Ferry honors avid hunter’s memory|[12/27/05]

Published 12:00 am Tuesday, December 27, 2005

Jim Warren talks about how his grandfather, like many avid hunters, conjured up any excuse to enjoy the outdoors on the hunter’s haven known as Kings Point.

His grandfather Melvin &#8220Dolly” King was a well-known figure on Kings Point, a land mass created by the many twists, shifts and turns of the Mississippi River through the years and once a substantially populated part of Warren County.

For the past 100 years, Kings Point, almost due west of the downtown area, has been an island during higher water stages, served only by a ferry making the short jaunt across the Yazoo Diversion Canal.

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King, a longtime towboat company owner until his death in 1988, gave the county the ferry barge and push boat that tracked along a steel cable and delivered hunters across the water.

When it came time to dedicate a new vessel, the choice was obvious.

The Kings Point Ferry II was delivered in June and dedicated to the memory of King. Once the U.S. Coast Guard gave its approval as to its seaworthiness in October, Warren and his son, Mason, 10, were among the first to ride.

&#8220It’s a night and day difference. The old boat’s cable would break a lot,” Warren said, adding more than a few riders would end up taking impromptu excursions several miles downriver aboard the old boat, struggling against the current.

Warren, 41, said his grandfather took him hunting on the island at 9 years old, the same age Mason first took to watching his father hunt deer, squirrel and other usual game.

Thanks to his love for hunting, King’s truck would often double as his office space between frequent trips to the area where he was born and raised.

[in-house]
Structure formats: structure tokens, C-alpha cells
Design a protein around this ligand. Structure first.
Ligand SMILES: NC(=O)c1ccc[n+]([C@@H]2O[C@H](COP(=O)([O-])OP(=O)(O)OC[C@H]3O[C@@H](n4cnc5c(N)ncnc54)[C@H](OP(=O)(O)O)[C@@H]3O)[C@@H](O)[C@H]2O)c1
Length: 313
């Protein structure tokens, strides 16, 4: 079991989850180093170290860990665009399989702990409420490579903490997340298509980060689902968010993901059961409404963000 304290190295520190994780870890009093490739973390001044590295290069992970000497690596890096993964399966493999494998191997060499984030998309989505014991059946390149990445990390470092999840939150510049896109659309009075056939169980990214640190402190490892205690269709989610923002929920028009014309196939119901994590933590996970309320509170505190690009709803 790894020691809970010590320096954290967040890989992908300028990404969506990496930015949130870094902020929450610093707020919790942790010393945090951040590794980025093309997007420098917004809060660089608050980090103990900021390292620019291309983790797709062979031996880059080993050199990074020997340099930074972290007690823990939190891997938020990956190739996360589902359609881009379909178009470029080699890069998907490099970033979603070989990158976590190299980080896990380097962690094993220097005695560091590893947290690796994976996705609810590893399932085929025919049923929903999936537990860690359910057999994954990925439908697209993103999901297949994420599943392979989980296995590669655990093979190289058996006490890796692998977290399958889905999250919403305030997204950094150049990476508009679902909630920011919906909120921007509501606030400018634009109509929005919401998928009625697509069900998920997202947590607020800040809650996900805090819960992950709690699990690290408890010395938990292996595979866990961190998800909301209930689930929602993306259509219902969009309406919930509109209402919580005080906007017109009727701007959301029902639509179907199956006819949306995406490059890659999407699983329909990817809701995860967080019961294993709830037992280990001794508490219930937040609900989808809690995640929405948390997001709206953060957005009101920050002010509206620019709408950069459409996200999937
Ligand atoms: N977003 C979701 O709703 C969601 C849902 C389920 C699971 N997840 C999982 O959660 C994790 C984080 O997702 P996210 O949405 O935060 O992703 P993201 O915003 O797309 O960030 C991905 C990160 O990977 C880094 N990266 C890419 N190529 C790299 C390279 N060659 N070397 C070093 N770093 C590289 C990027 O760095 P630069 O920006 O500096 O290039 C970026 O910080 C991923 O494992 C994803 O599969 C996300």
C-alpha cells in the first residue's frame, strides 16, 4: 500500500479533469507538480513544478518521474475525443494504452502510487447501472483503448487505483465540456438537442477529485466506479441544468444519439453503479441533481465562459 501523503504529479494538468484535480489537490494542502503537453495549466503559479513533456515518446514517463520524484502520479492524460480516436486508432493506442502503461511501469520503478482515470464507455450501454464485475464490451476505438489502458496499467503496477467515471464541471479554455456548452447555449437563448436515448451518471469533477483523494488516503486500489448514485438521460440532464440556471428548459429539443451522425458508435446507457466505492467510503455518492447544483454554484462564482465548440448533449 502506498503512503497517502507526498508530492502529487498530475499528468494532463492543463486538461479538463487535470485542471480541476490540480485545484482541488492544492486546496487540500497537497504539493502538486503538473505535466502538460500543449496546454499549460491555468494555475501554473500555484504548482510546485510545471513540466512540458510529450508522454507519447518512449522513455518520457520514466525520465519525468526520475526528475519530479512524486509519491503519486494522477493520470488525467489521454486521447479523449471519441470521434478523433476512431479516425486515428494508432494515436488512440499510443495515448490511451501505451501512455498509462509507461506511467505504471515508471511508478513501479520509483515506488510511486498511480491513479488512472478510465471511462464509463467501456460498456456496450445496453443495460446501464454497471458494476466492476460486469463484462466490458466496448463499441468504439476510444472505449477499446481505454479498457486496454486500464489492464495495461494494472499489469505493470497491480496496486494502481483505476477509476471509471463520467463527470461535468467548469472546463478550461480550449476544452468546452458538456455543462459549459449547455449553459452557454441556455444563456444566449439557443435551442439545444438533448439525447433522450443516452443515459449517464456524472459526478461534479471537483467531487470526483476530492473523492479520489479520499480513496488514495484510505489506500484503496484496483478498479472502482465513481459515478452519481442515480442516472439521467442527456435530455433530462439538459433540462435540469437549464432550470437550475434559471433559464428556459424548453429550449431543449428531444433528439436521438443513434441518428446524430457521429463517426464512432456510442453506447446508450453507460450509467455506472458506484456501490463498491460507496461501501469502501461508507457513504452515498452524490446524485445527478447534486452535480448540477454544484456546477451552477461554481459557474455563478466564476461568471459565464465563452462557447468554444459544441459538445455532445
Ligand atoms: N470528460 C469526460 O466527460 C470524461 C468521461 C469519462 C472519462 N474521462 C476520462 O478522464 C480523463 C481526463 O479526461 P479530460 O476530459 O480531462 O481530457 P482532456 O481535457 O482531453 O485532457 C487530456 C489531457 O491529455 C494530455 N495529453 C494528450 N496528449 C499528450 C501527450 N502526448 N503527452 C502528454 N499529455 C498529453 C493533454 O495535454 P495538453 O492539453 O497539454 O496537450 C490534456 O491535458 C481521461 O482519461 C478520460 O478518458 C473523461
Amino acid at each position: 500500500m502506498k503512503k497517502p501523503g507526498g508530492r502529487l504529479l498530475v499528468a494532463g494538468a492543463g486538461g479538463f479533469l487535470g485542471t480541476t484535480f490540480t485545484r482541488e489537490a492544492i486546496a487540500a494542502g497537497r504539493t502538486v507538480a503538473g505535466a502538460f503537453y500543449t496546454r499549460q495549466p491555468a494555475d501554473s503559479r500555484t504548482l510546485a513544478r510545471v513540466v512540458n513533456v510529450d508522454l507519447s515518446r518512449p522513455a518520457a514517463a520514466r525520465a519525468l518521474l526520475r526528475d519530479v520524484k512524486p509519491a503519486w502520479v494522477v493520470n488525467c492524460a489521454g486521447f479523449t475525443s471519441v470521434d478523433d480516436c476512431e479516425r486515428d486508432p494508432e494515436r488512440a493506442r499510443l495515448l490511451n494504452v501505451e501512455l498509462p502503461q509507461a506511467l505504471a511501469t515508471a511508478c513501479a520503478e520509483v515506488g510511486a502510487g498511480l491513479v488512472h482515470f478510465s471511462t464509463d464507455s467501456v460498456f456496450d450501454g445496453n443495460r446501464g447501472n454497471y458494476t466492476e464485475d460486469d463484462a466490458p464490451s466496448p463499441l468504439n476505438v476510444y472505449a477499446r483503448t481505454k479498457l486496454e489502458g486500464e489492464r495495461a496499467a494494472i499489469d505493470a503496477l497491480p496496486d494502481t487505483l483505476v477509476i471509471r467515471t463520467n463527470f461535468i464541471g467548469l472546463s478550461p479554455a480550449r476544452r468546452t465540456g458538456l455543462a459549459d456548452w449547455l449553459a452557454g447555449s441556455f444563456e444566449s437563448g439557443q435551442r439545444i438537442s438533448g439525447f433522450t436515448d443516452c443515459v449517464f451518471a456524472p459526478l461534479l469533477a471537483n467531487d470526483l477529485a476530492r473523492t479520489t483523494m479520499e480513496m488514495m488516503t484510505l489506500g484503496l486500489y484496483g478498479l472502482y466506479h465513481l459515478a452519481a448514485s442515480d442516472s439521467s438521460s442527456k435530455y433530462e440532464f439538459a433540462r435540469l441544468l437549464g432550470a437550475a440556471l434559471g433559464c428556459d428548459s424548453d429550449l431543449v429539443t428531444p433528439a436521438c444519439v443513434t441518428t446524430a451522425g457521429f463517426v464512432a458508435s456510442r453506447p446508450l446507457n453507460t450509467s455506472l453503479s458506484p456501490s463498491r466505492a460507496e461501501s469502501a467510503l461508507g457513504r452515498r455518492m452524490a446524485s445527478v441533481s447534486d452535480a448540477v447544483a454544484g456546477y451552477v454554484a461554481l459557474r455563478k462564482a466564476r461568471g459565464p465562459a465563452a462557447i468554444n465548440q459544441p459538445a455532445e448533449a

&#8220He’d park up near the river in his truck and he’d say something like, ‘I gotta check on that stray dog I found last week.’ He was just wanting to spend time on the island,” Warren said.

The pace of life at the hunting camps on the island was simple, like today, minus the trappings of such modern technology as electricity and satellite television.

King was always ready with deer meat or beverages for the men who operated the original ferry boat

&#8220He’d have some whiskey on the table. There was a sign on one of the camps he owned that said, ‘Leave it the way you found it,’” Warren said.

These days, when he’s not busy at his job in Jackson as operations manager for KLLM Transport Services Inc., Warren is spending summers there with his wife, Gina, and daughter Mary, 3.

Come deer season in winter, though, Warren grooms the next generation of hunters in the family.

&#8220Other than riding four-wheelers around, he’s in charge of the armadillos and skunks right now,” Warren said, looking down at the fourth-grader who gets to come hunt with his father as long as his grades are up.

During high river stages, the Kings Point Ferry has been the only reliable way to reach the 18,000-acre Kings Point island since the 1903 completion of the Yazoo Diversion Canal. The canal was dug to restore a waterfront presence to Vicksburg after the Mississippi River’s flow diverted in the 1870s.

As the old ferry wore out, the Warren County Board of Supervisors spent years exploring options, losing a lawsuit by farmers that commanded continued operations and encountering delays due to the lack of bids or prices for the new equipment.

Options considered included a bridge and an Army Corps of Engineers study that showed a levee could be raised and a road atop it could be open to vehicles year-around, but the board stuck with the ferry option.

The county hired Tensas Machine and Manufacturing of Newellton, La., to build the new vessel for $623,100 in May 2004. The county provides fuel and maintenance and pays a contract operator.

The Brown’s Point hunting club and camp, of which Warren is a member, is one of about seven active hunting clubs on the island, Warren said, with some having membership from Louisiana.

&#8220It’s full bore right now with the deer season just starting,” he said, with Mason eager to start following in two generation’s footsteps.